Much of contemporary poetry depends on subtleties so shaded and nuances so fine that the poems dwell on the tipping point of irrelevance. The minuet differences between minutia often seem to be their subject—the particular word-choice of small-talk, the specific way a bird shakes itself at the bird bath. While there may be some hidden truth in these tiniest of differences, it’s refreshing to see a writer who works, unabashedly, with the barest of contrasts. Robert Krut’s Theory of the Walking Big Bang is like an inked woodcut pressed into the whitest of paper. Krut deals not in shades and half-tones, but in the stark contrast of all or nothing.
Krut’s poetry gives substance to negative space—the absence that defines the presence. The “Big Bang” of the title implicitly nods to the nothing it rose out of, and Krut’s poems are filled with voids, holes, gaps, and margins. In his poem, “The Relativity Tree,” Krut’s speaker allows himself to see the tree as not a presence in the world but a blank suggestive outline:
The tree is a negative,
frozen nuclear bomb
its bulb an umbrella.
A bomb, an umbrella—the negative space these forms create is like the frame of sky around a tree. Later in the poem, Krut’s speaker thinks “with complete lucidity:/my irises are black holes.” There is a exhilarating potentiality here—black holes have been known to give birth to universes—but there is also a troubling sense of indeterminacy.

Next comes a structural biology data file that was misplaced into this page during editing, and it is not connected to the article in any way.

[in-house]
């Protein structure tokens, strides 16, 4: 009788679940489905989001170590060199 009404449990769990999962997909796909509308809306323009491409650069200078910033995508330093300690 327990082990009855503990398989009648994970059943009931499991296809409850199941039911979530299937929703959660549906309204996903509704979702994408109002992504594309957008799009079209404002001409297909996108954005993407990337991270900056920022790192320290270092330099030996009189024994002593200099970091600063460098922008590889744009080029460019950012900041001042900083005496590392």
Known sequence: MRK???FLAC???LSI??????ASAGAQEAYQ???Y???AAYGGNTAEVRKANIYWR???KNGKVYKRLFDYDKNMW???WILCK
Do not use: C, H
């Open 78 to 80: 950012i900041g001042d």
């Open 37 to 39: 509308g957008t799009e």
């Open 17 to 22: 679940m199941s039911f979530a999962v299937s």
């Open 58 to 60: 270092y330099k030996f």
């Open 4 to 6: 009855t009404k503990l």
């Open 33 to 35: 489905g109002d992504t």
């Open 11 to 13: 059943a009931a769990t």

This tension between the freedom of unassigned space and its daunting barrenness is staged most directly in “Sky.” Krut’s speaker first explains that we are zooming towards oblivion:
I am here to tell you
there’s a pocket in space,
the abscess of a rotten tooth—
and here's the bad news—
We’re hurtling towards it.
Bleak as this is, the speaker seems invigorated by possibility. The poem closes with the speaker rallying his or her companions with an inexplicable outcome: “when we hit that black hole/let us race through…to the eyes of warm, welcoming selves from another universe.” Krut’s speakers are often charming underdog figures who thrive at the cusp of oblivion because at least there anything might happen. The void is the most level playing field.
In several other poems, Krut leaves the outreaches to muse on (of all things) spiders. But perhaps all this hangs together. Spiders do have a curious dominion over space and thin air—their webs bridge negative and positive space without favoring one or the other. At the end of “The Spider,” a mythic spider peels itself away to reveal a blue planet, perhaps our own.
The fat body, swollen oval sphere, hovers—
In a breadth, its cuticle skin
pulls back to reveal a blue, lit planet—
its legs crumbling like ash.
A world emerges from a spider, but the spider seems spent. Krut’s final success in Theory of the Walking Big Bang might indeed be a subtle one: he is able to both celebrate creation while mourning the loss of possibility that is its inevitable fallout.
--Review by Monica McFawn.